"While Dawson’s Creek focused on the will-they-won’t-they romance between Joey and Dawson, Popular shed light on challenges queer people genuinely faced from society in the late 90s."
Interspersed between cliché storylines about dating drama and cheerleading tryouts, Murphy told the story of a lesbian mother who was fired from her job immediately after she came out to her coworkers and the design technology teacher who, after telling her class she was transgender, battled pushback from confused students and narrow-minded parents who threatened to get her fired from her job and in an episode titled Fag.
Murphy highlighted the grotesque level of homophobic language and abuse that still runs rampant in school hallways today.
While Dawson’s Creek focused on the will-they-won’t-they romance between Joey and Dawson, Popular shed light on challenges queer people genuinely faced from society in the late 90s. Better so, these stories weren't plot devices conjured up to shock and increase ratings; they were fleshed out, complex and more often than weren’t happily resolved by the time the credits started rolling.
It’s a stark contrast from the teen dramas that would later come to dominate TV in the mid-noughties that would include the classic one-off gay storyline as if it were a box-ticking exercise. In The O.C., Marissa Cooper (Mischa Barton) explored her sexuality and engaged in a same-sex relationship, only for it to be used to reunite her with her ex-boyfriend Ryan Atwood (Benjamin McKenzie). Similarly, in its nine years on air, One Tree Hill included just one queer character, who lasted only 12 episodes. Even Riverdale, a show that some have celebrated for its progressive approach to sexuality, has come under fire recently, accused by fans of queerbaiting for ratings.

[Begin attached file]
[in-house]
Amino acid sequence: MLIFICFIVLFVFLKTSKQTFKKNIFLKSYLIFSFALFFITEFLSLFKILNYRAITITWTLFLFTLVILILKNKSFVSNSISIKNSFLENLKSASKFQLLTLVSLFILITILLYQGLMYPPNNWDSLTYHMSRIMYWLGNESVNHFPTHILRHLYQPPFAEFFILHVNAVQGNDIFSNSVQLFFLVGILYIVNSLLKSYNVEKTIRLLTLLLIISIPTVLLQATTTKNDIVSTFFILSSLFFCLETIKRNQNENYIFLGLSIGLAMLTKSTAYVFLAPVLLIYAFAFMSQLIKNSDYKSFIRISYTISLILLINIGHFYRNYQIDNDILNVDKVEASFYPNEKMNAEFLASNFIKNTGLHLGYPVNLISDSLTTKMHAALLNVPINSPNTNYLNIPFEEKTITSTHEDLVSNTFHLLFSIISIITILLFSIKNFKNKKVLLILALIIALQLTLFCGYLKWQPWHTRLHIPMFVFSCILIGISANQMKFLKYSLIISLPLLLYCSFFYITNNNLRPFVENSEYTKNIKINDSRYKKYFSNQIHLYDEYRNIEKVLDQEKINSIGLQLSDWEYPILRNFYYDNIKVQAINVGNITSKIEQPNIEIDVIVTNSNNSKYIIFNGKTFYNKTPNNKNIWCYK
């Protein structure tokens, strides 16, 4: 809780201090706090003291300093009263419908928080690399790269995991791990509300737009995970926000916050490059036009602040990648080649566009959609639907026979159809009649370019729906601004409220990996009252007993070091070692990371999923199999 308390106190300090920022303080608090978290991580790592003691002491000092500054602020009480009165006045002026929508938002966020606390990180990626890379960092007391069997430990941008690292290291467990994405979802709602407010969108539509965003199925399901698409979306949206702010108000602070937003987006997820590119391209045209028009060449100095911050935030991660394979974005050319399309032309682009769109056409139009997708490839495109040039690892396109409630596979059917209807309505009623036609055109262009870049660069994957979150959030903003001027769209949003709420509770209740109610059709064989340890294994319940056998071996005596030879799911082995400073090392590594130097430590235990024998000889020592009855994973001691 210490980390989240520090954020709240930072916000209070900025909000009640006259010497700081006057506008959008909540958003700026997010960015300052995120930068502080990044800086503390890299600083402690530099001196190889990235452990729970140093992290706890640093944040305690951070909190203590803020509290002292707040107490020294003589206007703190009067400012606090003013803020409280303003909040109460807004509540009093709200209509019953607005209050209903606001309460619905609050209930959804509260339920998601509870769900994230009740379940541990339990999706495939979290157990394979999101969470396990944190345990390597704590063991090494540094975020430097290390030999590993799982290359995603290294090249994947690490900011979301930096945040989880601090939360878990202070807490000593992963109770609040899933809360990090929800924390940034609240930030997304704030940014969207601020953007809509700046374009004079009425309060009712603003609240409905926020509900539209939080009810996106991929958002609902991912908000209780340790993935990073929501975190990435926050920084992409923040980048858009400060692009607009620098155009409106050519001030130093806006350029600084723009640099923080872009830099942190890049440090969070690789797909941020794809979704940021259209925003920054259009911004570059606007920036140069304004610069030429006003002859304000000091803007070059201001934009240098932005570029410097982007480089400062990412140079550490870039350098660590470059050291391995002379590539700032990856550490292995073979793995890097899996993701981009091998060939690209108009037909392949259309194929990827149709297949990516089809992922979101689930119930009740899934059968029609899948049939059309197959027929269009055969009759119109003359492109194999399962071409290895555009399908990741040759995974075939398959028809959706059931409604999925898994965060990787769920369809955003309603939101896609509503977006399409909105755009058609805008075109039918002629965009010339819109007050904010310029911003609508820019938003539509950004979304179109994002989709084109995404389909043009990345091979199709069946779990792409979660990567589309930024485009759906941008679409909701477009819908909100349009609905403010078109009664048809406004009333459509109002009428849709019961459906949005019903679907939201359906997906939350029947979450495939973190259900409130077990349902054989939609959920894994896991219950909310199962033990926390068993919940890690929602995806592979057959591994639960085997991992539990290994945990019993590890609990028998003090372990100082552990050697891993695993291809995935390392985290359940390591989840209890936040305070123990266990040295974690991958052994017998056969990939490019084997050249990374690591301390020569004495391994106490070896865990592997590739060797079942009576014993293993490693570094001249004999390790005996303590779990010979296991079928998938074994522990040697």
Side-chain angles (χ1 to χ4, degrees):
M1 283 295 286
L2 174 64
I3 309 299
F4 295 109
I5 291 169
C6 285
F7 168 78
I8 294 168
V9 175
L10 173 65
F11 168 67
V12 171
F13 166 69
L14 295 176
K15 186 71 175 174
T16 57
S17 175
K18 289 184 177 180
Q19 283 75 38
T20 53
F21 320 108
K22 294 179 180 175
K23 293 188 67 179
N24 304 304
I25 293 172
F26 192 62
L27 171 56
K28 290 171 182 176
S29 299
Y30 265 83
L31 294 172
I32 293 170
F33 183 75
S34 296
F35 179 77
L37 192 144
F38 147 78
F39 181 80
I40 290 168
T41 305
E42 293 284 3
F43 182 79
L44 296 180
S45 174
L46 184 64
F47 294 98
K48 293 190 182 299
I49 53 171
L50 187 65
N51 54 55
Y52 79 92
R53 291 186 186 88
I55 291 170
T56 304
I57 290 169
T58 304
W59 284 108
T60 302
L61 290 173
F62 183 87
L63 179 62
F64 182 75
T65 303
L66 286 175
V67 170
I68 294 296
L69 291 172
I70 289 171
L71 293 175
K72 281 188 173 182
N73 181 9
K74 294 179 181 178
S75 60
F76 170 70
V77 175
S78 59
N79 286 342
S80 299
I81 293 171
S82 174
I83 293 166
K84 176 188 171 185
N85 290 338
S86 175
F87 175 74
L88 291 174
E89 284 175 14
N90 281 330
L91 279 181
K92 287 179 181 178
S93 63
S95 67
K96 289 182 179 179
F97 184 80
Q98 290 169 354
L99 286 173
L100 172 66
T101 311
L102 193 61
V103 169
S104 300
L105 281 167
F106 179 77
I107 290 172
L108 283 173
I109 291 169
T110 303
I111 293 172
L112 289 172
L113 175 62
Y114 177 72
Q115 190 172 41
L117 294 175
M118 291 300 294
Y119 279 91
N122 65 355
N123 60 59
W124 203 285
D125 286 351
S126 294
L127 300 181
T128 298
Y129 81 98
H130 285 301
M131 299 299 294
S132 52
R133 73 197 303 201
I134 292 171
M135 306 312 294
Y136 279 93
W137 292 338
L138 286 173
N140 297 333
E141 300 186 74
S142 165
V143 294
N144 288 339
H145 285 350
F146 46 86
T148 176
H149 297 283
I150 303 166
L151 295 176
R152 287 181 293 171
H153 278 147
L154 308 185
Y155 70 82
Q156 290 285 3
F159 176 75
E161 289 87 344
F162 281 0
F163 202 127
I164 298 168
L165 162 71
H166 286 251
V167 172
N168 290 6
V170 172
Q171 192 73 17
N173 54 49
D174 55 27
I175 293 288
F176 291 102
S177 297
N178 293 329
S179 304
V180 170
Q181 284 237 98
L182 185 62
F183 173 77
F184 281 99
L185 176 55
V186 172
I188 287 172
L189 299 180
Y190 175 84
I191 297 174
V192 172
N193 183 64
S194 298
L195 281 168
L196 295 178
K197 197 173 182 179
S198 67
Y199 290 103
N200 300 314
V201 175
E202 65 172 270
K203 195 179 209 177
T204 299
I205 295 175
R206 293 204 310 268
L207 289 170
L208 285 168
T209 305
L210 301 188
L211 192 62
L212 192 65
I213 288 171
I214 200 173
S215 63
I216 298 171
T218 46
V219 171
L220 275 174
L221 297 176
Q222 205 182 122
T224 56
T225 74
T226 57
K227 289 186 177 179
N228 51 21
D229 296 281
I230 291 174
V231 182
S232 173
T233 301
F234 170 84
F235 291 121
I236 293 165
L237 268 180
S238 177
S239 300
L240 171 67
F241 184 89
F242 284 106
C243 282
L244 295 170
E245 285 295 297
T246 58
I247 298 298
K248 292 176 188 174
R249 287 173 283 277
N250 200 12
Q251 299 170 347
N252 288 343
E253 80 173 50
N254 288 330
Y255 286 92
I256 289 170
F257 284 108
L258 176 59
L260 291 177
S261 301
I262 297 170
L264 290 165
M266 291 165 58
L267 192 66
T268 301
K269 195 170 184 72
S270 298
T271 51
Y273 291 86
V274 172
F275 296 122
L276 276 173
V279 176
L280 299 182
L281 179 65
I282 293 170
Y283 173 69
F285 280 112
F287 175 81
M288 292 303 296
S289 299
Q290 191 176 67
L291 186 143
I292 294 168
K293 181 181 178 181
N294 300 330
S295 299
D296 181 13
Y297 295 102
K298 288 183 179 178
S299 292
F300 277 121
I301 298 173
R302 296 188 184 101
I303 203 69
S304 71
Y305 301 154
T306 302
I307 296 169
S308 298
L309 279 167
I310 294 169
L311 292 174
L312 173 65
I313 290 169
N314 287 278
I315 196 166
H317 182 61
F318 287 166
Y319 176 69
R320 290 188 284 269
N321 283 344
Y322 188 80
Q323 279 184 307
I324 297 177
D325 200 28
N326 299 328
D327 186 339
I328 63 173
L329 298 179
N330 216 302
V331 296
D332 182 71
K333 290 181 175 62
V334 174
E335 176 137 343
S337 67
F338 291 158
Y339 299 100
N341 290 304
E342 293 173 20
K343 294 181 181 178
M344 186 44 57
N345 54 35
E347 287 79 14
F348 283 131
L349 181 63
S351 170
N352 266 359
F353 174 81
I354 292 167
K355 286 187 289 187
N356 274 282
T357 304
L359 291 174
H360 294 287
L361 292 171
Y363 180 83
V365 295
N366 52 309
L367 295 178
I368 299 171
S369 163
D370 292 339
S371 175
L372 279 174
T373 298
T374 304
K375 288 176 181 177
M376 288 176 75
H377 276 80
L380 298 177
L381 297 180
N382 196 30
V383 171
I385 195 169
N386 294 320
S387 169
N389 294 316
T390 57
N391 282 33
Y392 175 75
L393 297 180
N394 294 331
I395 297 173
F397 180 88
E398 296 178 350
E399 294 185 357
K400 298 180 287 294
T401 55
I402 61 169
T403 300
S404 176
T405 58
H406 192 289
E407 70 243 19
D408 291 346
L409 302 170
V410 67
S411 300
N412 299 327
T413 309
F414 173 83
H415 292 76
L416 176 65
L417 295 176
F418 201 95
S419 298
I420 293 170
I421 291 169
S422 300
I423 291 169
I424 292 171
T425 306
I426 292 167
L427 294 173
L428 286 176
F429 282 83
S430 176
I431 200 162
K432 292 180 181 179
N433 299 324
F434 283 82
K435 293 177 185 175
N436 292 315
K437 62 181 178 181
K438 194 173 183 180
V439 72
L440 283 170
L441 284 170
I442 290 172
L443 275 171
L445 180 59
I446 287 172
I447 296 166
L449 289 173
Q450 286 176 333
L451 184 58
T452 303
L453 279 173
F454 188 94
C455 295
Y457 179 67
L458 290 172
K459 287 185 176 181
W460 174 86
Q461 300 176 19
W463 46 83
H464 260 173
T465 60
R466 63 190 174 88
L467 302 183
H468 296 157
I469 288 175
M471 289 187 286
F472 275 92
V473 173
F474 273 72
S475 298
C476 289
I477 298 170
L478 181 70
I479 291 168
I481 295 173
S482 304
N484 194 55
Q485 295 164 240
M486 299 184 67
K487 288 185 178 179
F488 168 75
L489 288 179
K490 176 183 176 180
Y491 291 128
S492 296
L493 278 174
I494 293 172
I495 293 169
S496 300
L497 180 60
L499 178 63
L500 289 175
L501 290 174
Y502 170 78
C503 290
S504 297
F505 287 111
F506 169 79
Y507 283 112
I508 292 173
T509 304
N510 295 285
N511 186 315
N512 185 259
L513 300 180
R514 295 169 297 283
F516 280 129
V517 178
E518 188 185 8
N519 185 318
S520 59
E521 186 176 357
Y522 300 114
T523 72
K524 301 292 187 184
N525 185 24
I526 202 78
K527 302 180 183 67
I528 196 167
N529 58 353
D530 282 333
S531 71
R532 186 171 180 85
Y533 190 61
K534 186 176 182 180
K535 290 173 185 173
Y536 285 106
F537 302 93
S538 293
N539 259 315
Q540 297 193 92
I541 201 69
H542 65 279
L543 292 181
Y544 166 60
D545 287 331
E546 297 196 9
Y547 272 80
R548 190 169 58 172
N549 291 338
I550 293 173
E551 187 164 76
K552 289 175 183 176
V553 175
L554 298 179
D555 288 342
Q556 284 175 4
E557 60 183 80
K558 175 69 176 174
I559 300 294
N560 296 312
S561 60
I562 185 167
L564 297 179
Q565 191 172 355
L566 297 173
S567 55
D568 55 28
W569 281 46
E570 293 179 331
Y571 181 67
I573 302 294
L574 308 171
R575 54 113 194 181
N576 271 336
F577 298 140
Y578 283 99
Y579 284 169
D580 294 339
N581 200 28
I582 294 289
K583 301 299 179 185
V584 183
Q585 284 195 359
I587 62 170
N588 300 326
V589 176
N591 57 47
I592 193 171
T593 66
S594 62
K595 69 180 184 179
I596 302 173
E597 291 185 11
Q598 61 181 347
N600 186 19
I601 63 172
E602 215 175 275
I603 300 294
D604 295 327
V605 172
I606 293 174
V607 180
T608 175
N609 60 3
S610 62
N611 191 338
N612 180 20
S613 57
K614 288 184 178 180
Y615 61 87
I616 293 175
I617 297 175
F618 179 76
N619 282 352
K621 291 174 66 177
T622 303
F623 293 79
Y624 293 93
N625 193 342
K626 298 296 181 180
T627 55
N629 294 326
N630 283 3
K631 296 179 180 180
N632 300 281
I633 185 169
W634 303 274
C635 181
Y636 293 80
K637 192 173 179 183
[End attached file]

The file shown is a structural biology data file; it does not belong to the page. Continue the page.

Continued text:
But despite the show’s charismatic cast and incredibly quotable dialogue that in 2019 would produce endless Twitter gif fodder, The WB pulled the plug on Popular in 2001 after just two seasons. But perhaps more interesting was that as Murphy’s star continued to rise in the years to come off the back of his other shows, including Nip/Tuck, American Horror Story and Feud, he made concerted attempts to distance himself from Popular altogether. When the Producers Guild of America honoured him with its Norman Lear Achievement Award in 2018, he didn’t include the teen drama on his repertoire of production achievements.